I. God's gift to us—"eternal life."—The young rich ruler asked, "What good thing can I do that I may inherit eternal life?" He had the Pharisaic notion, that it was the reward of doing some extraordinary thing. It is often regarded as only continuous, never-ending life. But the Scriptures put other and larger meanings into the term. The word is applied to God: "the eternal God is thy refuge." To the power of God: "His eternal power and Godhead." To Israel: "an eternal excellency." Unseen things are eternal. We read of "an eternal weight of glory"; "an eternal purpose"; "eternal salvation"; "eternal judgment"; "eternal redemption"; "the eternal Spirit"; "eternal inheritance"; "eternal fire." And the Revised Version has "an eternal sin." Evidently the word chiefly means what we mean by "spiritual," "divine," or perhaps "the highest, intensest, conceivable." Quality is indicated by the term, and not mere size or length. There is a time-figure in the word, as there is a material figure in all words, e.g. Spirit, God. The length of time that a thing will last is a well-recognised note of value. So the term "eternal life" makes us think of the highest form of life that is possible to man. Our thought of life is a gradual ascent—vegetable, animal, human, mental, social, political, then spiritual, which is the life of God so far as it can be man's. We vainly try to conceive of Divine life, the life of God, which is the top of the ascent. What thoughts may we have concerning the gift God bestows?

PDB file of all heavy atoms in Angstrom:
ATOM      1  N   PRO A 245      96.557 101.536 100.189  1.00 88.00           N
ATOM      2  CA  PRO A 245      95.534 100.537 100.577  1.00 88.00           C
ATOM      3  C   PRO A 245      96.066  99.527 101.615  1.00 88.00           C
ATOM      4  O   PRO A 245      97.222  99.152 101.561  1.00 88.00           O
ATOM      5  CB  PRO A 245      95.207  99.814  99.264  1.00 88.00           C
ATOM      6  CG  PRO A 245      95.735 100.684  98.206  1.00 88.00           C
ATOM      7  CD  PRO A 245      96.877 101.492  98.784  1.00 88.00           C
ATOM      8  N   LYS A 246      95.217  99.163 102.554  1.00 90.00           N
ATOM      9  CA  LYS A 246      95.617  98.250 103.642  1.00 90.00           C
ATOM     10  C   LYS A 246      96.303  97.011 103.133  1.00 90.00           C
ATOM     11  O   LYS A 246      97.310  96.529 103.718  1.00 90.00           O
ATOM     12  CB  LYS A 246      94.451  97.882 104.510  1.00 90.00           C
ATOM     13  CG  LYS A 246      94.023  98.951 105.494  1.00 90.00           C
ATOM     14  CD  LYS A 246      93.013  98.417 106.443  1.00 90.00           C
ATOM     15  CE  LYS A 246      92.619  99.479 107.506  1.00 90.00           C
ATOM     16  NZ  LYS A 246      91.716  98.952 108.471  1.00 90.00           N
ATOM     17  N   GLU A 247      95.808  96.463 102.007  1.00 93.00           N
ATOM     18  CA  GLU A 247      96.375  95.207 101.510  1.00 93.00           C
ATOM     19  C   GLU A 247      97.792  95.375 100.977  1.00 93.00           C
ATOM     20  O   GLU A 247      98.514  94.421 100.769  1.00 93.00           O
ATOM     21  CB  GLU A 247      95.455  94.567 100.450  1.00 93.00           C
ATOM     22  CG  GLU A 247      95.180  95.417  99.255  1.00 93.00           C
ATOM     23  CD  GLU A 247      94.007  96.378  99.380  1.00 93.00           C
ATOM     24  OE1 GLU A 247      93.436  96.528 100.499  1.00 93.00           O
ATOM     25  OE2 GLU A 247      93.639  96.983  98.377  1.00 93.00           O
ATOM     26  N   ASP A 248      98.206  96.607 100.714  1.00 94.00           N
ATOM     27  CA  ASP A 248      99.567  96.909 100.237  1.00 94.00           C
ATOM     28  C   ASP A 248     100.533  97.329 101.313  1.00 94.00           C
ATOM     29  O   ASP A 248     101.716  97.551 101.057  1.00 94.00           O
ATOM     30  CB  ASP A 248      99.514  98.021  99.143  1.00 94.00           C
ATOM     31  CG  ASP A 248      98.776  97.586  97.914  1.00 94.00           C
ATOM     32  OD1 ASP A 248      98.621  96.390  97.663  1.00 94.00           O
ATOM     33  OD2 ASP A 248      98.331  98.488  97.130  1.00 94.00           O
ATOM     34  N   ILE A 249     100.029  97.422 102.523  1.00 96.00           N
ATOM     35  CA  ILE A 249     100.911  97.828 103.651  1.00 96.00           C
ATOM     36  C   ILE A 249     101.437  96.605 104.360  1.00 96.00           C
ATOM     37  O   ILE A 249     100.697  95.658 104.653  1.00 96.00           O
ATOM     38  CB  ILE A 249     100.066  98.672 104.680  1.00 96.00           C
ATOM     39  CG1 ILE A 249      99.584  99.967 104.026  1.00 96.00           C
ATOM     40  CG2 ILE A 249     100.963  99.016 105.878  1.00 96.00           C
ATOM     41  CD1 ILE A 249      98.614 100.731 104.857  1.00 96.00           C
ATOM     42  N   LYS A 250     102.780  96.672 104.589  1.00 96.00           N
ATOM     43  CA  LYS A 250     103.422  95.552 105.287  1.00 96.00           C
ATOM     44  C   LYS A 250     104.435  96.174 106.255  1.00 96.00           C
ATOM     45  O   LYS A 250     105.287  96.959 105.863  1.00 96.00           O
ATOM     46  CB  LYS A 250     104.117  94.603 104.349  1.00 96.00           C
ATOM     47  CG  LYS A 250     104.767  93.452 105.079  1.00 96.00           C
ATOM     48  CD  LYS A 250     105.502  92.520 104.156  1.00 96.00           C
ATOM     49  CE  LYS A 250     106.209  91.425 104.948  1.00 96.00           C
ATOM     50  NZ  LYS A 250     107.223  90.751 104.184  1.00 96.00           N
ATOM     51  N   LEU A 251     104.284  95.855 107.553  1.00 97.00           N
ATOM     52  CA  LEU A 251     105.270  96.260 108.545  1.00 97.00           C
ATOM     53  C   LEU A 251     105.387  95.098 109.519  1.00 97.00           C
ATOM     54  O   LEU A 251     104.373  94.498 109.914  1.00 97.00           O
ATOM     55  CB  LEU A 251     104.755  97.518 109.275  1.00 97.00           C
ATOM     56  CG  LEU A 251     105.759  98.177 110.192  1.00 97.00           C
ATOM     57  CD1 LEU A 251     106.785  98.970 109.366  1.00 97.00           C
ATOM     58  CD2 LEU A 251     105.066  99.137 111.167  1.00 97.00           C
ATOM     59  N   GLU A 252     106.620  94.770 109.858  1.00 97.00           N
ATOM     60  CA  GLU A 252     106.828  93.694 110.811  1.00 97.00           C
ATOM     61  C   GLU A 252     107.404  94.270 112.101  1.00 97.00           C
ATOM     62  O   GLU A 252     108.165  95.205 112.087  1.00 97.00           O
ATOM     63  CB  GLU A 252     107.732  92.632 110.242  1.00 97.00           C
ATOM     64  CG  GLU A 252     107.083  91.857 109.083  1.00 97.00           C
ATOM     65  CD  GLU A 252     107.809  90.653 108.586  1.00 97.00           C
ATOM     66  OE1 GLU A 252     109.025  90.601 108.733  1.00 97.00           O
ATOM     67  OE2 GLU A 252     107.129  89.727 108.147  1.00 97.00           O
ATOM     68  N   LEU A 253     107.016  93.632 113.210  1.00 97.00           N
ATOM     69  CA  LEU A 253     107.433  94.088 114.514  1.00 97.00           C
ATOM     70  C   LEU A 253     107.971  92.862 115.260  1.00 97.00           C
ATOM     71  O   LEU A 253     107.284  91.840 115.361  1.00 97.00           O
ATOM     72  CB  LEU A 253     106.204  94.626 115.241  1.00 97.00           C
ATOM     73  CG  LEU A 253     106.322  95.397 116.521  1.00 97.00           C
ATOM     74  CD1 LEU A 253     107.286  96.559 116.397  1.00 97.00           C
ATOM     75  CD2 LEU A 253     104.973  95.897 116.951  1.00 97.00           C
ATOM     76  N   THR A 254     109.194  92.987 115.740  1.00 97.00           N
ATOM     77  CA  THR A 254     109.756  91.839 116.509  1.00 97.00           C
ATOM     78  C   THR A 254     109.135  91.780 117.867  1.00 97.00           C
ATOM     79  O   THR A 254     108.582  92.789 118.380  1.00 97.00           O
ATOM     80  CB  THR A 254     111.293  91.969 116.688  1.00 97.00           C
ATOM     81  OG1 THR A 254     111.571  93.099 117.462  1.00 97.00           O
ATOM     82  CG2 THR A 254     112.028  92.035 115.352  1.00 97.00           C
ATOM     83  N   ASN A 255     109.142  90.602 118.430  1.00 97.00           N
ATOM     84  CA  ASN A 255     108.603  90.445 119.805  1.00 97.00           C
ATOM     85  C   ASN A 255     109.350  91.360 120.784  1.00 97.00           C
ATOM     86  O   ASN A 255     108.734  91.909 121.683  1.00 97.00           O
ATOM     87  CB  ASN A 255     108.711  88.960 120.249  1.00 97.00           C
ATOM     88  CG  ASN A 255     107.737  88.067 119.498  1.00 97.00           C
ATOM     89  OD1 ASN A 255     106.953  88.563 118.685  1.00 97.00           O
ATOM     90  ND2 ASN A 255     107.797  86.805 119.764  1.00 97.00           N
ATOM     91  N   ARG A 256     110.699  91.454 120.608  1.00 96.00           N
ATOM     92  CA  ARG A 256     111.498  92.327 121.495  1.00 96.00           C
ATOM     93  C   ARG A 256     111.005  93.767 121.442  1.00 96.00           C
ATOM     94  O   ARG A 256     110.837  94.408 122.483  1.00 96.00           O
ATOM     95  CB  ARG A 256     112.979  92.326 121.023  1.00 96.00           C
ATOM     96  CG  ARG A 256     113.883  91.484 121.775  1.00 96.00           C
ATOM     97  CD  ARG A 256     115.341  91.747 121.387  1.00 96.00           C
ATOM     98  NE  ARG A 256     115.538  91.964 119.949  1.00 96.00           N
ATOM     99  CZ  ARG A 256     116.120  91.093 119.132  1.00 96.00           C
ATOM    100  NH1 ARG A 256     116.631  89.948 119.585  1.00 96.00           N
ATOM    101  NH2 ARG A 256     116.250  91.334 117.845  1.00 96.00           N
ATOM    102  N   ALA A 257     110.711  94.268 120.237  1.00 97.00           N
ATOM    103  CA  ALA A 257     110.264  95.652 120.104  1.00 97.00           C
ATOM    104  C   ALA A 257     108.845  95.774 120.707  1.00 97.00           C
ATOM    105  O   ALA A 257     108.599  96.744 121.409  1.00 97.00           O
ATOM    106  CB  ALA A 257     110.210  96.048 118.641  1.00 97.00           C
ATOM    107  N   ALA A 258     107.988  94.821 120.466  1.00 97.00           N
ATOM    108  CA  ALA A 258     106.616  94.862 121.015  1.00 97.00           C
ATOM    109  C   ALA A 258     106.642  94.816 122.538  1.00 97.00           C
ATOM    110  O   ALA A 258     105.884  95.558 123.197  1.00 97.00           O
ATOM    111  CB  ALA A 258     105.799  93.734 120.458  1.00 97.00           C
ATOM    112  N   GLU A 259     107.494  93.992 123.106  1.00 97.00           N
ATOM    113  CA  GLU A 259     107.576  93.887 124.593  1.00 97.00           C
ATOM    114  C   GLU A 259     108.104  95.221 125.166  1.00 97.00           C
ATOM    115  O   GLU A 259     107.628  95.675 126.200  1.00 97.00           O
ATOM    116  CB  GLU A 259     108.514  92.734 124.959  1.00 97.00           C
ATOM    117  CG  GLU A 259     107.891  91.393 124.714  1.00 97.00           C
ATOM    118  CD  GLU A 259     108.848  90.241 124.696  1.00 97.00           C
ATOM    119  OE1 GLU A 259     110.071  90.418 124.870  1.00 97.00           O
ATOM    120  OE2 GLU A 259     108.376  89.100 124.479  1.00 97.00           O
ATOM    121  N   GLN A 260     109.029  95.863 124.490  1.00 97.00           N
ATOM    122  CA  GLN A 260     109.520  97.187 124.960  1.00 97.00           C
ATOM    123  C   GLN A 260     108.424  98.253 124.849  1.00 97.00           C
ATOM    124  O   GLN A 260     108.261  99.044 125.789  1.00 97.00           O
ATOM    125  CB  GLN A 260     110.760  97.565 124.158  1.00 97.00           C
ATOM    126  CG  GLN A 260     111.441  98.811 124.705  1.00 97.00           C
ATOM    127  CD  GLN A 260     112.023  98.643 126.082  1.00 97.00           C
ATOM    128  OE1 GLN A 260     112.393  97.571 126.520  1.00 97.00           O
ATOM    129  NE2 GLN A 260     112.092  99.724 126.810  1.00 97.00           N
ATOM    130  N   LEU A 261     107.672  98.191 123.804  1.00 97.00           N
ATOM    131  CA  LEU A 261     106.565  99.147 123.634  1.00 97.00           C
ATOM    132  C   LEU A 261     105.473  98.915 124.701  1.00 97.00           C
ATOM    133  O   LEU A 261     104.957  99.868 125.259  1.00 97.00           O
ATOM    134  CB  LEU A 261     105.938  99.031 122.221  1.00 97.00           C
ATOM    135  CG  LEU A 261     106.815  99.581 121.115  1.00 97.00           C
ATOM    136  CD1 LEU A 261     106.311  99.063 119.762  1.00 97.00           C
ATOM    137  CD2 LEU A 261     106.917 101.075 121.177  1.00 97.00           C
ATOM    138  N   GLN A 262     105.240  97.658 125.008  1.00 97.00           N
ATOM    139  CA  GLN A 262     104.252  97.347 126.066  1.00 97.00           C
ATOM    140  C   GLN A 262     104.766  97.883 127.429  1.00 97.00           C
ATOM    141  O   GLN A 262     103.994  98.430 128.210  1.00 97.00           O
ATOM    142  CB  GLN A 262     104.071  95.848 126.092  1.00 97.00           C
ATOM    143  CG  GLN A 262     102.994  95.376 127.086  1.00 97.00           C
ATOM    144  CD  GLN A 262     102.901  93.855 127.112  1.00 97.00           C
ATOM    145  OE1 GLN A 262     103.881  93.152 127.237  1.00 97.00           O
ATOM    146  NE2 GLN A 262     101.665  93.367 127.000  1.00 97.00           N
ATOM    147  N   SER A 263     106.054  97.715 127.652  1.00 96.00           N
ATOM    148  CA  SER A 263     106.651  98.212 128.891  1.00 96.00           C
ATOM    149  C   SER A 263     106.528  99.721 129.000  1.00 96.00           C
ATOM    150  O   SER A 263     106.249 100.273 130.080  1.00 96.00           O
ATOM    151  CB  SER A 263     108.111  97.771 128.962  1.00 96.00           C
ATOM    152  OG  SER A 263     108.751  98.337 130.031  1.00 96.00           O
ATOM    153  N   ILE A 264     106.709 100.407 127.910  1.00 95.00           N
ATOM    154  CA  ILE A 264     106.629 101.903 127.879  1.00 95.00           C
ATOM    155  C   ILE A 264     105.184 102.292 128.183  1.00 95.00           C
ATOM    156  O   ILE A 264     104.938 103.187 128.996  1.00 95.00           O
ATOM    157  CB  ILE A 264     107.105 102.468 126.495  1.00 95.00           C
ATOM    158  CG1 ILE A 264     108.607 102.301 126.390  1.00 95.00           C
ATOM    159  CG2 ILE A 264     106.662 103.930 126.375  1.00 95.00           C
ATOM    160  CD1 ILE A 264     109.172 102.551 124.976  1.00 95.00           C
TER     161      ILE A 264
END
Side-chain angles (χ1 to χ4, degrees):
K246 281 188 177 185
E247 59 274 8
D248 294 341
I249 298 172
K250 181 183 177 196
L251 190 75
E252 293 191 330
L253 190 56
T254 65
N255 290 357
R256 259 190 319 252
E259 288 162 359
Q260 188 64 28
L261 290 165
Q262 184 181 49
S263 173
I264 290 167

1. If He arranges to give it, we must supremely need it. As men we cannot be content to stop short of the best that is possible to us. What is within the limit of human attainment? Culture of body; culture of mind; culture of character. Nothing more. Something more is attainable as the gift of God. He seals our faith with the gift of Divine, spiritual life.